Friday, March 30, 2018

Book Review: 'Don’t Go' by Nikki Stern


Suzanne is breathing easily and feels like she’s got her life back after the death of Victor Gault. Bill, Suzanne’s husband of many years is one of the few people who helps ground Suzanne, helping her to not go back to the dark place inside her, where she found the strength and skill to be an assassin for many, many years. Only things are about to grow far more complicated for Suzanne, things she thought well left behind and finished in the past are about to resurface – and Bill’s plea for her to not go back is one promise she simply can’t keep anymore.
I found this to be an interesting story. I enjoyed the complexity of interactions between Bill, Suzanne and Victor Gault’s children. Though I have to admit there was a fair bit of jumping back and forth from the past with explanations of how all the characters slotted together and then back into the present of what was happening now. I found these massive background information dumps clogged up the story a little and while it was excellent to understand the bigger picture and how things fit together, it all left me a little confused and not following the story as easily as I could have hoped.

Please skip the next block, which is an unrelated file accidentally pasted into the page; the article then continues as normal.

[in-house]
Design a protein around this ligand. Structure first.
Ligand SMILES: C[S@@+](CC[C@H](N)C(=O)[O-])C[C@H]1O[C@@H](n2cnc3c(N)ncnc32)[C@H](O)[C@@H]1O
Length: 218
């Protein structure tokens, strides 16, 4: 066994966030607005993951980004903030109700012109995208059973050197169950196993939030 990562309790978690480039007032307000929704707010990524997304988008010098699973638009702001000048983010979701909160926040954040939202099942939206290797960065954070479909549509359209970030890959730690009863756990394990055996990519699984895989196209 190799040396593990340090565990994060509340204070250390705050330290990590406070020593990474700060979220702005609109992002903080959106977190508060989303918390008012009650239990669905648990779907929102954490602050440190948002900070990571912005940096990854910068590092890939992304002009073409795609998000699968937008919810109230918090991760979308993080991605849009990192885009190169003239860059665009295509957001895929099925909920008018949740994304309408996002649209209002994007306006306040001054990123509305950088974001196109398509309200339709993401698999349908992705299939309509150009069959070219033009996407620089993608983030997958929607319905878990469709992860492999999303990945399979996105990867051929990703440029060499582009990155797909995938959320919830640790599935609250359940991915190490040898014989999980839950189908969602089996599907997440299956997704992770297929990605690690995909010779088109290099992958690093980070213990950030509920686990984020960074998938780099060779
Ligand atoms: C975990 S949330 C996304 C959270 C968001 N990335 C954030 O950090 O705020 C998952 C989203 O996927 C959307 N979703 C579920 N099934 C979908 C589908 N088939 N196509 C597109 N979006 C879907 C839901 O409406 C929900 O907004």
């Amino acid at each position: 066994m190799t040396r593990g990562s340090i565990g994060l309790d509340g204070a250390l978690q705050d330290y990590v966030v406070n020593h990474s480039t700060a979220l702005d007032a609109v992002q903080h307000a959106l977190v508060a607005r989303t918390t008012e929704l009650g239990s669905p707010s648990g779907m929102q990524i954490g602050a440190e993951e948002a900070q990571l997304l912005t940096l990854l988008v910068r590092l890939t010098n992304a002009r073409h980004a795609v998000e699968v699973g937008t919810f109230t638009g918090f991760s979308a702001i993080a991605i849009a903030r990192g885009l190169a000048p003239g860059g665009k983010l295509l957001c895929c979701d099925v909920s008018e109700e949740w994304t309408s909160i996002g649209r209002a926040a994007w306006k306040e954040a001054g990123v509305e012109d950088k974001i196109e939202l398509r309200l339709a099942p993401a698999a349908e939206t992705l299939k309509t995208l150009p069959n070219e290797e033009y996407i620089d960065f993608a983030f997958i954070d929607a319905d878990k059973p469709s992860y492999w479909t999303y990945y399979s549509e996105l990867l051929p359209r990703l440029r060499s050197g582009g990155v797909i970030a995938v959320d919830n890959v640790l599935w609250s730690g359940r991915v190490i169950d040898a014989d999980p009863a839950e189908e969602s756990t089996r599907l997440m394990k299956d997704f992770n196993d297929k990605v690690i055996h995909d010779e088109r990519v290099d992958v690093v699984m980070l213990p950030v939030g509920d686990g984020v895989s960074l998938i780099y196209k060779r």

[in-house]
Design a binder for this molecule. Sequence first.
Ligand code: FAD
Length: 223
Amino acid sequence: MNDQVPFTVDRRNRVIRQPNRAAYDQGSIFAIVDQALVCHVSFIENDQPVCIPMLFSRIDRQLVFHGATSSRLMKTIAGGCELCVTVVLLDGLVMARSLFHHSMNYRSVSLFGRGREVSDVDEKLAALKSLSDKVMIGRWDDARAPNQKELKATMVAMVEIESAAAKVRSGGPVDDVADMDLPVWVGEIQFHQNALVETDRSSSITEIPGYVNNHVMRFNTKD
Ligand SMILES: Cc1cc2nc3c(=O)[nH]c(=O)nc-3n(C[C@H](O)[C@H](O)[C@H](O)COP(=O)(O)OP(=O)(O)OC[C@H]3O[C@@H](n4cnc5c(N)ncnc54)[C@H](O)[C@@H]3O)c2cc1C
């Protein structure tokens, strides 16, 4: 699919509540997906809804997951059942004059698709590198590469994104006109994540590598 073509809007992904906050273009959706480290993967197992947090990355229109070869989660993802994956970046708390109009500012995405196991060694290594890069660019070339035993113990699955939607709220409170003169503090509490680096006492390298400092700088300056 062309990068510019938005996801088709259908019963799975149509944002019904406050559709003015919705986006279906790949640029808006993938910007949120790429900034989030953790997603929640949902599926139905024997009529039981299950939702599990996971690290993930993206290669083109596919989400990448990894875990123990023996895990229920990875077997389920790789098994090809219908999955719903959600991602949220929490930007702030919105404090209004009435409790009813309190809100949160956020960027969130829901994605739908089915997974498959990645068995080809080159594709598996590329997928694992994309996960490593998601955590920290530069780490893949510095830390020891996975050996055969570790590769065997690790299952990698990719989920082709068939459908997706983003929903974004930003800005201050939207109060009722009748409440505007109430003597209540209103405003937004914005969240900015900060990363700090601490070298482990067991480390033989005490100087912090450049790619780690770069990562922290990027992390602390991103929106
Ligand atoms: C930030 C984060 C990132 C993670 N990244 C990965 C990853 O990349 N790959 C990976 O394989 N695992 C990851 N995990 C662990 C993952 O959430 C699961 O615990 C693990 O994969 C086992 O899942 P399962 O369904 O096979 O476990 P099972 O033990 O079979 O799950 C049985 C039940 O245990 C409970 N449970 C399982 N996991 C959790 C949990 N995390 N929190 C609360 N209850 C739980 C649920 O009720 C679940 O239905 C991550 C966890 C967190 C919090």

Readers looking for a strong, plot and character based story should find this engrossing. This isn’t a mystery book in the usual sense – there’s no who-done-it style murder – but it is a spy-type thriller waiting for all the pieces of the puzzle to come together and then waiting for the action to kick in. I enjoyed reading all the parts coming together and even found the twisty plot to be refreshingly different. One important thing to note is this book does not have a “happily ever after” style ending. Not at all. Also, there might also be a few triggers for various readers – both assassination and human trafficking is mentioned in passing (as part of the plot, not written descriptively or explicitly) but I found at no stage was it over the top. I found the characters to be different and exciting and the plot well paced and deeply complex.
An interesting, vivid tale that I thoroughly enjoyed.

Editor's note: This article was originally published at Long and Short ReviewsIt has been republished with permission. Like what you read? Subscribe to the SFRB's free daily email notice so you can be up-to-date on our latest articles. Scroll up this page to the sign-up field on your right.

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